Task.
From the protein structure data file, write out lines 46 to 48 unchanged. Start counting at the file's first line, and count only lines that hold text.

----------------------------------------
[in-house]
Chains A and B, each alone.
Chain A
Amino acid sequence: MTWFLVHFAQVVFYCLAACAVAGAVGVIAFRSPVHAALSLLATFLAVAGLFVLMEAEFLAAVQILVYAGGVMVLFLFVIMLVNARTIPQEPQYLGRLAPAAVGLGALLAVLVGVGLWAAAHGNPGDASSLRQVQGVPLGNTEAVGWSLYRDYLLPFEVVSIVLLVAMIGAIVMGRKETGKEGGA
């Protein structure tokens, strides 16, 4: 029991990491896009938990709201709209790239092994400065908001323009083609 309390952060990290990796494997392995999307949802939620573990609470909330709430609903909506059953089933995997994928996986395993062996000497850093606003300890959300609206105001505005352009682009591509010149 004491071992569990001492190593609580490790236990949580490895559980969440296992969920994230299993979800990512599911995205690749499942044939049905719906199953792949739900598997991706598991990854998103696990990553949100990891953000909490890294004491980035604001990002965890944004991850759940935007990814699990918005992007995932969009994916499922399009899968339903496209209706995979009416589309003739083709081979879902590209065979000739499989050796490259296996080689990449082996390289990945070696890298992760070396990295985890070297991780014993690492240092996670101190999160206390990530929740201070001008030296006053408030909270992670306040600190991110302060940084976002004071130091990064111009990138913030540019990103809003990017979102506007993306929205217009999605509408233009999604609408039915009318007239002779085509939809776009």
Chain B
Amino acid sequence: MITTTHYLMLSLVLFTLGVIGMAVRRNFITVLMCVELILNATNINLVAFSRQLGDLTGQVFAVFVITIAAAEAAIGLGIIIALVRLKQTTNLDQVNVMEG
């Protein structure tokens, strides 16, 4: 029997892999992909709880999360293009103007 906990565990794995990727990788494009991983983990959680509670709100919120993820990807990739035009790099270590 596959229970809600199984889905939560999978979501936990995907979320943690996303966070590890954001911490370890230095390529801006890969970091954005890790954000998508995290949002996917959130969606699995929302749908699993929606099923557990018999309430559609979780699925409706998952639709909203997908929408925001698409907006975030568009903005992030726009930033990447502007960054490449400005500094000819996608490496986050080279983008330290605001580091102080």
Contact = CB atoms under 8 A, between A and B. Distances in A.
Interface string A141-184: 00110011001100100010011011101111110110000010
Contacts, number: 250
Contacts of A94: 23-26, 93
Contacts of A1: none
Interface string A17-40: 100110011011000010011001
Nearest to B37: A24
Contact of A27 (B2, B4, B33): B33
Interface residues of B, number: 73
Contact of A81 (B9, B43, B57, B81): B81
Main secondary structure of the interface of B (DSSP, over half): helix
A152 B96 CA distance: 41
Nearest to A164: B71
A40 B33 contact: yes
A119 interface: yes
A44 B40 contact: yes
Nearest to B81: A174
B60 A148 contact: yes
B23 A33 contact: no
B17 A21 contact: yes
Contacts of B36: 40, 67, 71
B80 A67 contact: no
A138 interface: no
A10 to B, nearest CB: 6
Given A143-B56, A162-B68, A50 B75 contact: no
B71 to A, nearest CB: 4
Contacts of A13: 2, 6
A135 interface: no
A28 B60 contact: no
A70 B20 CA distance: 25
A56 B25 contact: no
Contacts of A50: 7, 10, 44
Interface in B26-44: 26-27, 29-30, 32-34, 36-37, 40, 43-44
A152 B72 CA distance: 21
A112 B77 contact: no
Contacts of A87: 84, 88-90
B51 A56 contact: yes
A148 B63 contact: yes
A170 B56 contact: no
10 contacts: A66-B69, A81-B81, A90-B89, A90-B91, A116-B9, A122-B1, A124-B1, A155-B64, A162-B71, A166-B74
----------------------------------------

A148 B63 contact: yes
A170 B56 contact: no
10 contacts: A66-B69, A81-B81, A90-B89, A90-B91, A116-B9, A122-B1, A124-B1, A155-B64, A162-B71, A166-B74